In a good economy, an employee’s career trajectory might include six to seven corporations in a lifetime. Today, that number spikes – as people respond and preempt layoffs and lack of career advancement by changing careers again and again. This change can take a toll on a company that continually must hire and develop new talent.
Augmenting a workforce with freelancers is one way to mitigate these changes.
Job-Hopping and Lay-offs Drain the 9-to-5 Workforce
According to Forbes contributor and executive development strategist Jeanne Meister, a 2012 survey found that 91% of those born between 1977 and 1997 plan to stay at their workplace less than three years. This means that the entry-level workforce of today will work at 15 to 20 workplaces over the course of their careers.
Since the start of the global recession in late 2008, when the U.S. economy shed more than 250,000 jobs per week, job security is a luxury that few can claim, if any. Those who have not lost their jobs through cuts have been forced to work harder with less staff, and often, with pay-cuts or furlough days.
Employees and new entrants to the workforce are on edge, continually sharpening their resumes and looking for greener pastures where their talent will lead to a rewarding, stable work environment. I have seen a number of workplaces become more stressful, and staff turn fearful and resentful, amid the ongoing threat of layoffs and cut-backs.
This instability in the workforce is one reason why reliable freelancers are part of a healthy business model that includes both on-site traditional employees and off-site workers.
Freelancers will not replace the need for good employees, but they are an affordable way to augment this strategy.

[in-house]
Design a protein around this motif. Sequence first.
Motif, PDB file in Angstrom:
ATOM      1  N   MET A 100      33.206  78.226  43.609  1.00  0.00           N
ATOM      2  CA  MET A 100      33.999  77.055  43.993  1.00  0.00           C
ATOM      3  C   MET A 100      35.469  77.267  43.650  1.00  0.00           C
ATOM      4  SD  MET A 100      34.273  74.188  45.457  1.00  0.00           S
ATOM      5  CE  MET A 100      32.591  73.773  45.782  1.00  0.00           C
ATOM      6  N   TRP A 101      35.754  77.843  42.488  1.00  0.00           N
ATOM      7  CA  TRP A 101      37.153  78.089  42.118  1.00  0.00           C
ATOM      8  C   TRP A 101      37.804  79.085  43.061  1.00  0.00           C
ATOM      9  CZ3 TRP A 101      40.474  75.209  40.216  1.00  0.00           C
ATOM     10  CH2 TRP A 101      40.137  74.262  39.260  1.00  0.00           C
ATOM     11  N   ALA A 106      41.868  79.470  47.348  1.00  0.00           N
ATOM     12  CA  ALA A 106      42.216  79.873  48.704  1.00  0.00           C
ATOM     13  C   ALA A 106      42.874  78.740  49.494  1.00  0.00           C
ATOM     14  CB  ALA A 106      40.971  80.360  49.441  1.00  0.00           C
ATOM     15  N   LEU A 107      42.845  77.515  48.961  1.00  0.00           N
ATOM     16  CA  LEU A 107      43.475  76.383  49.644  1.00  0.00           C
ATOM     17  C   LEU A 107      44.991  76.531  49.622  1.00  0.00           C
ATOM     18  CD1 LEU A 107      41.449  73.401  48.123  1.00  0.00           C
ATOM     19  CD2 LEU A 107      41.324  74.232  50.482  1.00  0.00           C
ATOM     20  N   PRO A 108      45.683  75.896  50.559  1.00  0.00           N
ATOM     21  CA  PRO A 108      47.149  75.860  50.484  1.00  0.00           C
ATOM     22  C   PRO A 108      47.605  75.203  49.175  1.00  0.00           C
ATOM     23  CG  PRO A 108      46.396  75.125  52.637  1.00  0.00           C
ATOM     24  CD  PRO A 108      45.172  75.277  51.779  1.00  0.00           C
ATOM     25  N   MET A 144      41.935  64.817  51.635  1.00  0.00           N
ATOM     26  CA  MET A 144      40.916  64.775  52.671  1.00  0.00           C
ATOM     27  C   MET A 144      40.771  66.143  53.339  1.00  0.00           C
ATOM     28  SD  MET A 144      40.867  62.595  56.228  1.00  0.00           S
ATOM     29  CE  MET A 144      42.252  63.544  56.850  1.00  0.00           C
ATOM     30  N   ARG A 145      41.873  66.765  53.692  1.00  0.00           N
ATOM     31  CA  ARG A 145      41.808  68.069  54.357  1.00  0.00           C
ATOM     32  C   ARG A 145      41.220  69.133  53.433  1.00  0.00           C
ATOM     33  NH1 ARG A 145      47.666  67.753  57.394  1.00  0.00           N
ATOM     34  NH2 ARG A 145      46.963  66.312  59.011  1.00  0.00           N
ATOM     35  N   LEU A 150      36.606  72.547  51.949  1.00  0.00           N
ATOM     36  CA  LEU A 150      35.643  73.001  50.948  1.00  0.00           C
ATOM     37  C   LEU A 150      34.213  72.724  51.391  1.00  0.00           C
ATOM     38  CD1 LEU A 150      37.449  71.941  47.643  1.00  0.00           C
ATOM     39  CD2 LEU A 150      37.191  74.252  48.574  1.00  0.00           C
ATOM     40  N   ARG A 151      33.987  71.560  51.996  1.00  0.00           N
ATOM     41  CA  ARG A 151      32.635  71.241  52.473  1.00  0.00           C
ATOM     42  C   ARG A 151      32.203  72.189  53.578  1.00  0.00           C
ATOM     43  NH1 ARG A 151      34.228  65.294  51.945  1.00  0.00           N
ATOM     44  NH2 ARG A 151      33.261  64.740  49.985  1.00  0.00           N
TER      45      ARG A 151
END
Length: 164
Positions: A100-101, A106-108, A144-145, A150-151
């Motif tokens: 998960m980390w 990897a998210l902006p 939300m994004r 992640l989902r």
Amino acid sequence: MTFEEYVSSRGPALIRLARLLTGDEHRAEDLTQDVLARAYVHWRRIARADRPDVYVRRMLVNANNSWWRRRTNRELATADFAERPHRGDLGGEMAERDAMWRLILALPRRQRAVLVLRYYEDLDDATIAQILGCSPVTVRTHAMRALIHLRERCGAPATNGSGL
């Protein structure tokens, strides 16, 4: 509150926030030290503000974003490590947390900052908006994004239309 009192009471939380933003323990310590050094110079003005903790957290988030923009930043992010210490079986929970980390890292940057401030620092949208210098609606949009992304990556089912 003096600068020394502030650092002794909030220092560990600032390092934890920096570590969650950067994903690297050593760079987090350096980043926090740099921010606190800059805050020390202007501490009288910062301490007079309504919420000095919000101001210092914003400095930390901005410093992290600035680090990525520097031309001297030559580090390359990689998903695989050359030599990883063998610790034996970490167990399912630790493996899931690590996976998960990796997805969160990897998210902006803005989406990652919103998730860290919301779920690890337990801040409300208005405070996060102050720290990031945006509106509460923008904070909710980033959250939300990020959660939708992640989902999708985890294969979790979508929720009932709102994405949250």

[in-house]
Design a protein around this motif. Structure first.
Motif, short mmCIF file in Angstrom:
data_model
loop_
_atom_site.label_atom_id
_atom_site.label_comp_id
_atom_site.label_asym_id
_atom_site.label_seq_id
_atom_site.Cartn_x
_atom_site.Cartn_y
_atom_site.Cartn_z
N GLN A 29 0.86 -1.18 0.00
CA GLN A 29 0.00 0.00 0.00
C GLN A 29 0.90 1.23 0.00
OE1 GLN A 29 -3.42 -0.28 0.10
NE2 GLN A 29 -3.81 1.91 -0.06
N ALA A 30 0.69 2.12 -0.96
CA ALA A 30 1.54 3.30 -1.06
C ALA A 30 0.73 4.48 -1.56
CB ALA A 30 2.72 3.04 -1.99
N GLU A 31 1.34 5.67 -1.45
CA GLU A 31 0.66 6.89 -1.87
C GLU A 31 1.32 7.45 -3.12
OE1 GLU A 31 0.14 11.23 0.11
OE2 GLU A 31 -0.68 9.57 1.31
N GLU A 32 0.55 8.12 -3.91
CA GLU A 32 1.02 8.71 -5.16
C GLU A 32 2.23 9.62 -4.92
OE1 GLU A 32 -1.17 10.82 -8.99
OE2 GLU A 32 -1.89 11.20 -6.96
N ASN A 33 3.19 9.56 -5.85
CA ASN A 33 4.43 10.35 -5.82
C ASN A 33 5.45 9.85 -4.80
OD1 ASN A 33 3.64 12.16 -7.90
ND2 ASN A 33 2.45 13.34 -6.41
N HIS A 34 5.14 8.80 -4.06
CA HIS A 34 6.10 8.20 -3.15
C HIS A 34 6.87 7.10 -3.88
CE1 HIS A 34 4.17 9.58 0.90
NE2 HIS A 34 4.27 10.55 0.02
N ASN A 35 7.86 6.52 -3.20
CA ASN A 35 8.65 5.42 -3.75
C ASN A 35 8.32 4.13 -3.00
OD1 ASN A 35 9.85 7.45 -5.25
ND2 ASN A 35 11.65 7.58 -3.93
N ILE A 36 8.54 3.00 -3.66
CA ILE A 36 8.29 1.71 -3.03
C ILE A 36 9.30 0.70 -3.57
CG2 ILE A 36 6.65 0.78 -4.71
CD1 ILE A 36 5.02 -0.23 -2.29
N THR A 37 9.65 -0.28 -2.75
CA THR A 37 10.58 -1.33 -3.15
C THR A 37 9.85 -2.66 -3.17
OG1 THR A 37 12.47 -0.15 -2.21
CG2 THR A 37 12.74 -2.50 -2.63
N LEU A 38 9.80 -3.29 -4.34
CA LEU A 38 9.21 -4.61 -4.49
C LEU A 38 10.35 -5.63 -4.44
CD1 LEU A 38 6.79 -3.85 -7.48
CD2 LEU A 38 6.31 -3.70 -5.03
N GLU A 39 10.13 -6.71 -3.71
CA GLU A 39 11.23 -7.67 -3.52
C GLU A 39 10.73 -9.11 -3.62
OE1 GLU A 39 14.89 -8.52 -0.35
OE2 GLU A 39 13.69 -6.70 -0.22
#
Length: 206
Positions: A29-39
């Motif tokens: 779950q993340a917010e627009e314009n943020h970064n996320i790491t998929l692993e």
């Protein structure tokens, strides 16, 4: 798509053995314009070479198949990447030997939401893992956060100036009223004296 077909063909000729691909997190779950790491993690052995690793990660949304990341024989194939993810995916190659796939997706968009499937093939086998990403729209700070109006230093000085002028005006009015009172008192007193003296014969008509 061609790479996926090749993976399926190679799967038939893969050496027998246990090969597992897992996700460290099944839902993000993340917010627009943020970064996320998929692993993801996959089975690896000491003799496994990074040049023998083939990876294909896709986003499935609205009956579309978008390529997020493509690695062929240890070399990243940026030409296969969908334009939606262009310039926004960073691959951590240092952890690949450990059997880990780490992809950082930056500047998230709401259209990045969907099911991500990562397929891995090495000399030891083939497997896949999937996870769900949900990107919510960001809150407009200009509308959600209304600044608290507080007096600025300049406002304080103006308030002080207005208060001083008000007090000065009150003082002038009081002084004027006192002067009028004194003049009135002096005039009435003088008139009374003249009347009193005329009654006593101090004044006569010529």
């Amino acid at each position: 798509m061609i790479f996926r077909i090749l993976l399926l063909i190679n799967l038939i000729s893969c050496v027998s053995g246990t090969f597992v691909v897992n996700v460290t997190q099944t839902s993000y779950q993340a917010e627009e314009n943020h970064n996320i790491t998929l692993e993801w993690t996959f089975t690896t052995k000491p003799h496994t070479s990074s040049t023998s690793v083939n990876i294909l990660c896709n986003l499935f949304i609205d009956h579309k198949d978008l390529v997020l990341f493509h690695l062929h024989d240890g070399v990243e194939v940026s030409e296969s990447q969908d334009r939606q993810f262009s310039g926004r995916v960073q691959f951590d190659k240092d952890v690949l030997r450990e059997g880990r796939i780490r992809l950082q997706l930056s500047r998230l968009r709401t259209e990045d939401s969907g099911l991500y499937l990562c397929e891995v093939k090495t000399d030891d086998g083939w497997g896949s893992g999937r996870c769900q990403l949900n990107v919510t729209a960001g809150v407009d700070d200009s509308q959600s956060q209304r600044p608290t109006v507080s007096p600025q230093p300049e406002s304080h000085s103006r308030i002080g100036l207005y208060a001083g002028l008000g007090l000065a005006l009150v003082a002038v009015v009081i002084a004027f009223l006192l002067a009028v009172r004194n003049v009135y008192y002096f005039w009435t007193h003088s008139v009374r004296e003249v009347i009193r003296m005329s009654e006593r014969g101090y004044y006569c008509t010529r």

The Freelance Effect: Avoiding the Roller-coaster
What is the freelance effect? My take: the freelance effect leverages individual expertise to build better internal relationships, increase stability, yield high quality results, and lead to increased satisfaction on behalf of employees and contractors.
By leveraging the targeted expertise of a long-term freelancer, an employer does not need to waste time and resources repeatedly train new hires in a particular task. Many freelancers today have years of past full-time work experience and know how to meet demands.
Freelancers and managers can work together to develop an agreeable schedule to get the job done. Serving multiple clients from a healthy distance, freelancers are also less likely to be affected emotionally by the roller-coaster of a company’s financial woes amid the economic recovery (woes may seem dire to an on-site employee).
This translates into more efficient results and better satisfaction on the job for both the employer and the freelancer.
Employers can tap into the market and have their pick of experienced professionals by advertising their freelance positions through traditional employment websites or posting positions on sites such as Elance.com (which has increased its commitment to certifying freelancers through testing and ensuring that bids are placed at professional levels).
Good Freelance Policies Yield Cost Savings
On-site employees still need processes to manage freelance operations and maintain freelance relationships. Good policies toward freelancers should minimize confusion about expectations.
Freelancers can save a company both time and money. Freelance does not mean “free”, so employers should still offer a competitive per-hour rate. Freelancers are often paid more per hour or per-project than their full-time counterparts. Still, in the majority of cases freelancers will still provide a cost savings when compared to the salary and benefits paid to full-time workers.
Companies can then be more flexible about where to allocate on-site resources.
Realistically, the freelance effect will continue to increase across all industries. How will this impact yours?